It has been 13 years since Bitcoin was invented, and the cryptocurrency industry has attracted huge sums of investment money. And yet, this amazing technology still hasn’t achieved the mass adoption it was designed for. Why is this, and what needs to be changed to make this happen?
To put it simply, the reason some people are reluctant to use cryptocurrency is exactly the same reason it is so attractive to others – it puts your money and the responsibility for your money entirely in your hands. Ownership of decentralized assets is defined by holding the relevant private key, and nothing else. In other words, if you lose your password, your assets will be “lost”.
By extension, sending assets to the wrong place (which is a very easy mistake to make) has the same effect: you are no longer in possession of the key to those assets, so there is no way to get them back. . Blockchain research firm Chainalysis has calculated that 20% of all bitcoin is lost. It is billions of dollars of wasted money. Try to imagine what it feels like to hold a fortune and not be able to touch or use it, ever – it’s frustrating to say the least.
It has become clear that the absence of a central authority ensuring the protection of assets frightens the general public. As a result, the most popular crypto companies were those that centralized the crypto experience with custodial solutions. By ceding custody of their assets, users are given some sort of insurance policy for their mistakes – but centralized solutions are a constant target for hackers. Examples abound: $ 8.75 million stolen from Mt. Gox in 2011, $ 534 million stolen from CoinCheck in 2018, $ 281 million stolen from KuCoin in 2020… the list goes on.
Additionally, these companies have fiat-style KYC (Know Your Customer) requirements that run counter to the goal of decentralized currency, providing data that regulators and governments can use to tax earnings, while creating another security risk. For example, in 2019, hackers stole from one of the largest centralized exchanges in the world, Binance, a mine of two-factor credentials (and $ 40 million in cryptocurrency).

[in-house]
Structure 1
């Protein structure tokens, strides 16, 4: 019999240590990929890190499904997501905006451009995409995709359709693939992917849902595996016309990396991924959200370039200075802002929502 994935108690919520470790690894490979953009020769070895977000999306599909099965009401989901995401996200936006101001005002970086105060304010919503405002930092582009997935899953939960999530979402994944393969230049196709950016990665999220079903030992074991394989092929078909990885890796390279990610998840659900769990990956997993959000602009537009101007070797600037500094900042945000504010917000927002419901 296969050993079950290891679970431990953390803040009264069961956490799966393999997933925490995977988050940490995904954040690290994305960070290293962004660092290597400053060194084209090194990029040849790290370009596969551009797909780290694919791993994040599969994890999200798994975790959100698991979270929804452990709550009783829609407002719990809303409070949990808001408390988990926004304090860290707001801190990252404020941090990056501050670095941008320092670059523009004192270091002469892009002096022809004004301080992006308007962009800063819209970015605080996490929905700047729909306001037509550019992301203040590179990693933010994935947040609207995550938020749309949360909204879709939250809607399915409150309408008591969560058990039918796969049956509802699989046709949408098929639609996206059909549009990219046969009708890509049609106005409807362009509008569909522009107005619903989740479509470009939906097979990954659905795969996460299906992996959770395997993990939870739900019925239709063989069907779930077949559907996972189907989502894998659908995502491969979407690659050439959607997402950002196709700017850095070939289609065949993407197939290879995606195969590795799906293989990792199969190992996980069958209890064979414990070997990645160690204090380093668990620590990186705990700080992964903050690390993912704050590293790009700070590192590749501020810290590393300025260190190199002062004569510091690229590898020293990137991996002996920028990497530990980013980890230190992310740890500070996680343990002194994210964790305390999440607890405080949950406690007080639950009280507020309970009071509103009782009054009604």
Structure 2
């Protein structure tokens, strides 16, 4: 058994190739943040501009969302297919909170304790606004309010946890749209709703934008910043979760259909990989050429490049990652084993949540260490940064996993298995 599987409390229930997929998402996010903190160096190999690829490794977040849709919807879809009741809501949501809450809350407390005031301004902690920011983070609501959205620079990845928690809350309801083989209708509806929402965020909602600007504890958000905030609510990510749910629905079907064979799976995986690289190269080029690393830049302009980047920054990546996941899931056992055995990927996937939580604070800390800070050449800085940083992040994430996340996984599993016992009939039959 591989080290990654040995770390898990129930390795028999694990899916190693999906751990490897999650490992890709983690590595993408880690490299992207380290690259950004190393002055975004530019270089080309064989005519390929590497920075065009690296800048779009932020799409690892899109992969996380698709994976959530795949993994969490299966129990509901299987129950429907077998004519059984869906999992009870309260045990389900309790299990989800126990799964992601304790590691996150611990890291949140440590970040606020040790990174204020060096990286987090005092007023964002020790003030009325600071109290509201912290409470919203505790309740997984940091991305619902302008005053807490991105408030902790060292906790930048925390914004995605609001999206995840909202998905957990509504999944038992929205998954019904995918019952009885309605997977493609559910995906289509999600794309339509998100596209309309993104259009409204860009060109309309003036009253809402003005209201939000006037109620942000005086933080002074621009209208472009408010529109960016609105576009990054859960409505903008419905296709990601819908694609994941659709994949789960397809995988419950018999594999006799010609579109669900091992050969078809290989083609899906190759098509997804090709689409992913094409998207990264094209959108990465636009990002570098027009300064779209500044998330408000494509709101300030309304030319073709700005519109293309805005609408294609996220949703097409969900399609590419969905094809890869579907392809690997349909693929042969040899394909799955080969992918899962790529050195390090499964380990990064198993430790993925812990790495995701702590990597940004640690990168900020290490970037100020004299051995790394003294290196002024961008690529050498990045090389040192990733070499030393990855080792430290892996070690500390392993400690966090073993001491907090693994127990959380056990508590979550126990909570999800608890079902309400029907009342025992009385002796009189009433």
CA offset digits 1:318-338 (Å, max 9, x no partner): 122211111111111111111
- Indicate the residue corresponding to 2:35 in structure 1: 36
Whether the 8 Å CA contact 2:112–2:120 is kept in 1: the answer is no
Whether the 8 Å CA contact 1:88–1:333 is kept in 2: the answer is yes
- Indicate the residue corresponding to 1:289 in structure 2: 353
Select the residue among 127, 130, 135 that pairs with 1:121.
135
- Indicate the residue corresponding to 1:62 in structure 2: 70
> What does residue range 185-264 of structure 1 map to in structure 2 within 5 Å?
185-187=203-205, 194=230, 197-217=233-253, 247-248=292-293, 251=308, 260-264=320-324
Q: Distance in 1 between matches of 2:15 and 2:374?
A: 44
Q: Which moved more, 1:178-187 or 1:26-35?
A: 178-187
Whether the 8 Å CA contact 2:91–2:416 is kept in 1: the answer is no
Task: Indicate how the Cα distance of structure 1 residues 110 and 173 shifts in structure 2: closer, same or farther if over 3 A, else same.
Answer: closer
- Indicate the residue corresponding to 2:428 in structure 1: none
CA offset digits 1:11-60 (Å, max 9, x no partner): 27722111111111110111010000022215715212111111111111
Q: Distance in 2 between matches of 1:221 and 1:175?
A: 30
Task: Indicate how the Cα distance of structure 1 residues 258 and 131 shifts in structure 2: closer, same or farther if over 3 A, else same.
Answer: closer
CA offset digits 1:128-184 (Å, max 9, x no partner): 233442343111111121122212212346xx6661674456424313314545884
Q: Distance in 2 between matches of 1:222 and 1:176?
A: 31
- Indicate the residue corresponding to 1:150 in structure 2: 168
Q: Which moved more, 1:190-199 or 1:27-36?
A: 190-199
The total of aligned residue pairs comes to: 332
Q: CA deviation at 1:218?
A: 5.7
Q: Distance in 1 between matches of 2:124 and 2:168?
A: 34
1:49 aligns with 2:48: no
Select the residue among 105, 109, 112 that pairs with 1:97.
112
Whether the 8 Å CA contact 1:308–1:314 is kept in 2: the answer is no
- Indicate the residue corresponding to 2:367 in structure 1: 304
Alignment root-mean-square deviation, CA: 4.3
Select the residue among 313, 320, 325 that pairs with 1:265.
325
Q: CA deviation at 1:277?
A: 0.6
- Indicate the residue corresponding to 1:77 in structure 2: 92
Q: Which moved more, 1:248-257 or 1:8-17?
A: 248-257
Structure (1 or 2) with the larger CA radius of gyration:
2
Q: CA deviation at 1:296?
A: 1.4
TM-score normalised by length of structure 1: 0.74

A counter-response has developed in recent years, and it’s called “DeFi”, or decentralized finance. DeFi creates a financial infrastructure that provides the security and convenience of fiat finance, but without forcing the user to relinquish custody of their money. DeFi operators use “smart contracts”, which are mechanisms that perform operations according to computer code. Smart contracts do not require human oversight, cannot be fooled, and are open source. This means that they are completely transparent for review and audit. This contrasts sharply with the opaque operations of traditional financial institutions and custodial crypto exchanges and wallets.
In my opinion, there are three main issues that need to be addressed before the public embraces cryptocurrency en masse. These are the ease of sending a transfer to the wrong place, the lack of non-custodial safeguards, and the loss of assets due to unexpected death. This latter problem will only get worse over the years; there are already a lot of stories of crypto holders who died without making arrangements. Their assets are doomed to remain seated, visible to those close to them but forever inaccessible.
The good news is that solutions to all three of these problems have emerged and are rapidly gaining ground. That’s the beauty of the smart contract: you can design them to do anything. For example, they can be used to password protect and even “roll back” transactions, or be programmed to perform operations such as access rights offsets and multiple automatic transfers when inactive (depending on user requirements). preset timers).
Satoshi Nakamoto, the pseudonymous inventor of Bitcoin, believed peer-to-peer money was going to change the world for the better, and I certainly agree. It makes the economy fairer and gives power (and economic opportunities) back to the people, to whom it belongs. The adoption of blockchain technology has encountered a hurdle due to the lack of decentralized security mechanisms. The way to overcome this is to create services that make crypto management as easy and secure as online banking – and now that such solutions exist, it is only a matter of time before the vision of Satoshi does become a reality.
(Asaf Naim is the CEO and co-founder of Kirobo, which has a suite of tools to make cryptocurrency management safe and simple)